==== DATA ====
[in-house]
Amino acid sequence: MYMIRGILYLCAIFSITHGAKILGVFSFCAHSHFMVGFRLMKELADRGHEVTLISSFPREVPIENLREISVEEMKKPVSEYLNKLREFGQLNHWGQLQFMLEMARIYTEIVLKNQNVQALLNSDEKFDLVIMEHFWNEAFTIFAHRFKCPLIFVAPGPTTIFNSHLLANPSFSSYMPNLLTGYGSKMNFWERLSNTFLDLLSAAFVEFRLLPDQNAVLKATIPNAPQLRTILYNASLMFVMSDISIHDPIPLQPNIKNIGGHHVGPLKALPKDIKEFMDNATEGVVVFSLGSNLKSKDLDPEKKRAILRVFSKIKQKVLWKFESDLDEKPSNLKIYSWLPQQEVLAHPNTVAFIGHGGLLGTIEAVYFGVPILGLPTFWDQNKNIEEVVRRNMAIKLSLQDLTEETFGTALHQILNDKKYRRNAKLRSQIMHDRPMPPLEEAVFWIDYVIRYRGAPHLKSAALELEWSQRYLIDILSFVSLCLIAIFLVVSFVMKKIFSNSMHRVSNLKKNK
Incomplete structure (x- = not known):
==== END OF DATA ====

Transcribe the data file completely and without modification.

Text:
[in-house]
Amino acid sequence: MYMIRGILYLCAIFSITHGAKILGVFSFCAHSHFMVGFRLMKELADRGHEVTLISSFPREVPIENLREISVEEMKKPVSEYLNKLREFGQLNHWGQLQFMLEMARIYTEIVLKNQNVQALLNSDEKFDLVIMEHFWNEAFTIFAHRFKCPLIFVAPGPTTIFNSHLLANPSFSSYMPNLLTGYGSKMNFWERLSNTFLDLLSAAFVEFRLLPDQNAVLKATIPNAPQLRTILYNASLMFVMSDISIHDPIPLQPNIKNIGGHHVGPLKALPKDIKEFMDNATEGVVVFSLGSNLKSKDLDPEKKRAILRVFSKIKQKVLWKFESDLDEKPSNLKIYSWLPQQEVLAHPNTVAFIGHGGLLGTIEAVYFGVPILGLPTFWDQNKNIEEVVRRNMAIKLSLQDLTEETFGTALHQILNDKKYRRNAKLRSQIMHDRPMPPLEEAVFWIDYVIRYRGAPHLKSAALELEWSQRYLIDILSFVSLCLIAIFLVVSFVMKKIFSNSMHRVSNLKKNK
Incomplete structure (x- = not known):